C# Anonymous Types

A new feature of C# 3.0 is the ability to create anonymous types. These interesting classes are defined for temporary use within class members. They allow the convenient encapsulation of read-only properties without the need to code a complete class.

What is an Anonymous Type?
Usually well-defined classes encapsulate the behavior and state of a type of object, hiding the implementation details from the class’ consumers. However, sometimes a lightweight class will be defined that contains only properties and that is for use in only a small section of code. Creating a new definition for such a class can be time-consuming when considered against the benefits obtained.

C# anonymous types allow lightweight classes containing read-only properties to be quickly declared and assigned using a convenient syntax. These types only permit the collecting together of related data items.

They do not permit any additional functionality to be added in the form of methods or other class members.

Creating Anonymous Types
Anonymous types are created using the “var” keyword and a syntax similar to that of implicitly typed variables. Instead of assigning a simple value to the new variable, the object is created using the “new” keyword but with no named type. The “new” keyword is simply followed by a list of properties, each named and assigned a value, within a pair of brace characters {}. The general syntax is as follows:

To create an anonymously typed object in this manner, each property must be named and a value assigned.

The individual properties are implicitly typed according to the value provided.

To demonstrate this new syntax, try the following sample. This creates a new object based upon an anonymous type that represents a car. The properties of the object are then outputted to the console. NB: If you type the code manually using Visual Studio 2008 you will notice that the class is fully supported by Intelligent.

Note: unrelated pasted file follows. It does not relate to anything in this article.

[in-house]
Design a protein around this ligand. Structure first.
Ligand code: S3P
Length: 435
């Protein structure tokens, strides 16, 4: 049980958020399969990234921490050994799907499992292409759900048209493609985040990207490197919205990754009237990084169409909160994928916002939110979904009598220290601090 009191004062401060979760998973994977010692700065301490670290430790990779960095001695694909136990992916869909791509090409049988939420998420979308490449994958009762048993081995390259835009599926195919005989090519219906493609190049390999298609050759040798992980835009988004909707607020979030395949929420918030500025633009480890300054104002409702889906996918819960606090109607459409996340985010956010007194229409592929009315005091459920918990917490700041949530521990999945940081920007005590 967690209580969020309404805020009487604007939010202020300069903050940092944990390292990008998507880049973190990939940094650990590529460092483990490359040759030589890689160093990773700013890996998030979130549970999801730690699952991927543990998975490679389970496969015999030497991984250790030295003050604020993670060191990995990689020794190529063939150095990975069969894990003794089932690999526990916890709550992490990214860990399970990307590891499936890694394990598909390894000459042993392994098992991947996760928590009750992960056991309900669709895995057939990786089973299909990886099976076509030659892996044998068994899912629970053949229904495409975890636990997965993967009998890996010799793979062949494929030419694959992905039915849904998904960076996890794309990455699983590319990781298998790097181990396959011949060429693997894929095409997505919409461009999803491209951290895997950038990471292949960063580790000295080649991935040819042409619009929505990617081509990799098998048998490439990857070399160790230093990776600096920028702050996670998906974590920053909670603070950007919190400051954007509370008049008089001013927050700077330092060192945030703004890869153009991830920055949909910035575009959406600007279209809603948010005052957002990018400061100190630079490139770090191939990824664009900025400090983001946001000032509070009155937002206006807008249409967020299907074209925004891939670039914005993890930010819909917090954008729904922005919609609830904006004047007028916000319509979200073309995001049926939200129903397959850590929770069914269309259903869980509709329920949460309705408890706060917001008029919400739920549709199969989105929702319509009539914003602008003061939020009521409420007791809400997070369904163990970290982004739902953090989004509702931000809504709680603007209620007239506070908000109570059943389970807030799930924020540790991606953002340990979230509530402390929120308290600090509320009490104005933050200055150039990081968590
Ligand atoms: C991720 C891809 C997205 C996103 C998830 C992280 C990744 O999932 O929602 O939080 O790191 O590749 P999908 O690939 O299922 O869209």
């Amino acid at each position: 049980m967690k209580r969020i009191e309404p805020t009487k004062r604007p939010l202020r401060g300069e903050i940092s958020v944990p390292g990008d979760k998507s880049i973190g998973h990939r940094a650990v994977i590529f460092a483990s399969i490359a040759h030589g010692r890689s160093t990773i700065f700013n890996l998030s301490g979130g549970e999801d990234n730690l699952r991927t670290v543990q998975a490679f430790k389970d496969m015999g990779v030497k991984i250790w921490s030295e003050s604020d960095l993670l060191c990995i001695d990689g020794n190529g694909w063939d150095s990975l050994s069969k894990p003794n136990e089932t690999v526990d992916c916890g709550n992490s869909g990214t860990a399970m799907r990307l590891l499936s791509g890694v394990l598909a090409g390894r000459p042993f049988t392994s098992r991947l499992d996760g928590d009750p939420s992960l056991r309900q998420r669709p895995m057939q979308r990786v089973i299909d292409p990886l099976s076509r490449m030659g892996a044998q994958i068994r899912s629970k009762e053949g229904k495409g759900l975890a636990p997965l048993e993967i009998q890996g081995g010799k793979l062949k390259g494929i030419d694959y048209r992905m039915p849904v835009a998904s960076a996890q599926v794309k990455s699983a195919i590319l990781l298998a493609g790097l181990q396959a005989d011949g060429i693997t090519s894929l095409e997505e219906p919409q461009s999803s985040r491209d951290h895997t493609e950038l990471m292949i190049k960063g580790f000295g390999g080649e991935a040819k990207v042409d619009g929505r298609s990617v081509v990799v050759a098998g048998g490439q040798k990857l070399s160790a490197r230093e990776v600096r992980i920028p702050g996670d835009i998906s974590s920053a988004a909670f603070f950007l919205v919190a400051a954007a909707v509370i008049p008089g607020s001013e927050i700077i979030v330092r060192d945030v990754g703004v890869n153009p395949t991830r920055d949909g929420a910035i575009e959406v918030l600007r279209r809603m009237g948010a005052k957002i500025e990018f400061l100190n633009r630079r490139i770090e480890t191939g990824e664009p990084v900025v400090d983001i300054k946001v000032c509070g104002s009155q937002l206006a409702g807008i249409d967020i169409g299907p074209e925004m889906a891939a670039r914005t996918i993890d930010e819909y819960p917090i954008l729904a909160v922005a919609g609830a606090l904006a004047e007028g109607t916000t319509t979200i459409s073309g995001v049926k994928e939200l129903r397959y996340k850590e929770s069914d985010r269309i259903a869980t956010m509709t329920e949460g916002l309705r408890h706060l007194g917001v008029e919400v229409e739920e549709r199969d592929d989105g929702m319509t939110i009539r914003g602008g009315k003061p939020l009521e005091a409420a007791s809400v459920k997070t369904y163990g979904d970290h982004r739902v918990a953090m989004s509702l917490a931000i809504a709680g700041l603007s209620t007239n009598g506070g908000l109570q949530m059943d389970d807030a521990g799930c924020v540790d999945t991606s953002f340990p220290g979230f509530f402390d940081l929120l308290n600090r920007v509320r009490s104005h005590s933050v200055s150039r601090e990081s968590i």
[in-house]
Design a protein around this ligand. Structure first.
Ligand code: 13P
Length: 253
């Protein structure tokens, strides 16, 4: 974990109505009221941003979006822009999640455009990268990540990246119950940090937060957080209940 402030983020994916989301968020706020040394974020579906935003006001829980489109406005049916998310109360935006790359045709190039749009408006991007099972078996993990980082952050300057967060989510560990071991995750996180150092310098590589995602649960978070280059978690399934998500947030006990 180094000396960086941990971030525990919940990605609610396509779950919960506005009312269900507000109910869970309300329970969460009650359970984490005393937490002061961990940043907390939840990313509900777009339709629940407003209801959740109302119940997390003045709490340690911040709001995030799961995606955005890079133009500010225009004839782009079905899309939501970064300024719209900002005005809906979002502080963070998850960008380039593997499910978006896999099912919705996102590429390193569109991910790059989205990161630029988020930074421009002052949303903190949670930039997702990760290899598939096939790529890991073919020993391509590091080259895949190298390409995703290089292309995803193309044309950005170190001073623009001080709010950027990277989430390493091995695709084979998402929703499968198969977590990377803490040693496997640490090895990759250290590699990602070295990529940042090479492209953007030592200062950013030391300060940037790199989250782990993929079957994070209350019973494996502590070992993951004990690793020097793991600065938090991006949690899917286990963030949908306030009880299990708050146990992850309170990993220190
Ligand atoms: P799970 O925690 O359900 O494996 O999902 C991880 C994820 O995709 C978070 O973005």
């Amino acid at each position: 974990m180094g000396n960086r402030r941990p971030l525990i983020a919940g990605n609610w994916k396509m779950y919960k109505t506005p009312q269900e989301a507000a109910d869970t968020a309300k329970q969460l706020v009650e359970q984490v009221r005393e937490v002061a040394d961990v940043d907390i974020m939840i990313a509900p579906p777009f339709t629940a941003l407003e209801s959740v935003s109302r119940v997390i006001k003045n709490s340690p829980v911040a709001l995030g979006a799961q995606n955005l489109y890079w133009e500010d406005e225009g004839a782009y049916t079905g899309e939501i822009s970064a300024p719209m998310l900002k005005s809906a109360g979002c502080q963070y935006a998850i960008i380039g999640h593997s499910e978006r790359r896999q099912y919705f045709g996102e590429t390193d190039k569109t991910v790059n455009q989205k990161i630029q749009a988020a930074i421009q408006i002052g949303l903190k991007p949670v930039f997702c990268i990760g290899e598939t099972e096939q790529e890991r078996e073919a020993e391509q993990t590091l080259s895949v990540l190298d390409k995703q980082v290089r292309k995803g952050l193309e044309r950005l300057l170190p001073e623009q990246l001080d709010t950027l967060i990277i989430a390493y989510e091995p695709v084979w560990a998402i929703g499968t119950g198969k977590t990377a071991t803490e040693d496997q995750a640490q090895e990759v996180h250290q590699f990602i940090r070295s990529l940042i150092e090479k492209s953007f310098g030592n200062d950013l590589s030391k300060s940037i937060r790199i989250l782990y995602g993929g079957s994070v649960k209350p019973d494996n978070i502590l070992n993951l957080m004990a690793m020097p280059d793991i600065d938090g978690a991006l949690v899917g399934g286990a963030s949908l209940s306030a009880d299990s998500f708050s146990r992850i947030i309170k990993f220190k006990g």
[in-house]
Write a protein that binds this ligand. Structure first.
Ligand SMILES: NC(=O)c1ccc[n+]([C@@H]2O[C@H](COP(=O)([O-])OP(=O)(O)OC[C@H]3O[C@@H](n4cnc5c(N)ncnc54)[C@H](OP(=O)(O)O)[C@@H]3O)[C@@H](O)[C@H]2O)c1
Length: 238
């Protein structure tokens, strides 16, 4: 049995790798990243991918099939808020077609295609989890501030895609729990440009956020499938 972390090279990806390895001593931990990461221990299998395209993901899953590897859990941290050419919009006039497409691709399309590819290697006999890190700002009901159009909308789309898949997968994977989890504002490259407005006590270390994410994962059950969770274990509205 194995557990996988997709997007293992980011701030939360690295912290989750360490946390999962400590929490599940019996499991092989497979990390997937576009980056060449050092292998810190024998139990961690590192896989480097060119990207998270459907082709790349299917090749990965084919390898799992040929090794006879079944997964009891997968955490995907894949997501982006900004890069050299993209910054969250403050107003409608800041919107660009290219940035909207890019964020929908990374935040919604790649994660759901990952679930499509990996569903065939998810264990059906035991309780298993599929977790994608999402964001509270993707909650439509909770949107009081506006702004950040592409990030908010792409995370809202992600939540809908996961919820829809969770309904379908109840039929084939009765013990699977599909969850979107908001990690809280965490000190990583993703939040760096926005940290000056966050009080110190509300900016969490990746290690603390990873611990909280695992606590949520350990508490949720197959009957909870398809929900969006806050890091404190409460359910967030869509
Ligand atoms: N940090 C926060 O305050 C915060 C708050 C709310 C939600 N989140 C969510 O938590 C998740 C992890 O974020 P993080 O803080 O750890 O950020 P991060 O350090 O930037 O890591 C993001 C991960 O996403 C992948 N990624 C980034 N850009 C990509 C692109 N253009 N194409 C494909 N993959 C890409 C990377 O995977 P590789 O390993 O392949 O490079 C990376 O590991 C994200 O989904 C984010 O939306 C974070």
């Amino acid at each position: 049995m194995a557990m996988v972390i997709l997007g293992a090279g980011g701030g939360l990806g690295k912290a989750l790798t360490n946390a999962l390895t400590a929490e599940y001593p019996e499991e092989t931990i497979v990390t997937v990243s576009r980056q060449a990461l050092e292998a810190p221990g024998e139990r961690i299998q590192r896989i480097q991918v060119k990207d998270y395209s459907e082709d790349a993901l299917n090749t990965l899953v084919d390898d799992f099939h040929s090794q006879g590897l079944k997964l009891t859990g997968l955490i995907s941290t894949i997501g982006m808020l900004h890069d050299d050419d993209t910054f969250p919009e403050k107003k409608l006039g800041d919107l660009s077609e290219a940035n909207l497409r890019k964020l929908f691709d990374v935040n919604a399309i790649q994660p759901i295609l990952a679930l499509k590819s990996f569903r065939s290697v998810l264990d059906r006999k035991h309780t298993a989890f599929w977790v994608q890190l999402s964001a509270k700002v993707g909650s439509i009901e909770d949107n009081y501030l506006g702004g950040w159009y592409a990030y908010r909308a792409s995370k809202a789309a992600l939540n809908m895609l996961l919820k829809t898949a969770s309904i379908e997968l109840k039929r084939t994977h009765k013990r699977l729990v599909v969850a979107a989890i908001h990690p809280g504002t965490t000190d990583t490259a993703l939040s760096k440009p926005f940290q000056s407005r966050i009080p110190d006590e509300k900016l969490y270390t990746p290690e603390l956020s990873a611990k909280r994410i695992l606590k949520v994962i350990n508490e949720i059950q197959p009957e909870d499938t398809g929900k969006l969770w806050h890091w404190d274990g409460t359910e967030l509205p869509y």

The Object Base Class
Anonymous types are always generated as classes that have a base class of Object. As such, they inherit the members of Object. Four interesting inherited methods are Equals, GetHashCode, GetType and ToString.

Equals Method
Two anonymously typed objects can be compared for a match using either the equality operator (==) or the Equals method. The equality operator is not overloaded so compares the two references, as with comparing objects. If the two references are pointing to the same underlying object data, the result of the operation is true. If the references are different the operation returns false, even if the properties of the two objects match.

The Equals method is overloaded in the anonymous type to provide different functionality to the base class version. When two anonymously typed objects are compared using the method, each property is compared individually. If every property is an exact match, the result is true. This allows anonymous types, which are reference types, to behave similarly to value types.

NB: If the anonymous types have different signatures, the == operator may not be used and the Equals method will return false. The types are considered different if the named properties are not an exact match, even if the same names are used in a different order. This can be seen in the following code sample:

GetHashCode Method
The GetHashCode method is overridden by anonymous types to provide compatibility with the Equals method. When the hash code is computed, the value of every property in the object is included in the calculation.

GetType Method
The type of an anonymously typed object can be determined using the GetType method. If two or more objects contain the same property names and types in the same order, they are both created as the same type.

This is shown in the following sample:

NB: Note the names of the anonymous types generated by the compiler. The names may vary slightly from that shown above.

ToString Method
The final method to be considered in this article is ToString. This method generates a string representation of the anonymously typed object. It combines all of the property names and values in a similar format to as they are declared. Using the feline examples for the last time, we can output several strings:

Limitations
Anonymous types have similar limitations to implicitly typed variables. The key limitations are that anonymous types may only be used locally within class members. They may not be used in method parameters or return values, property declarations or as class-scope fields.

An anonymously typed object may be passed to the parameter of a method but must first be boxed into an object. This removes much of the usefulness of the type, so in these situations it is more appropriate to declare a real class instead.

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2 Responses to C# Anonymous Types

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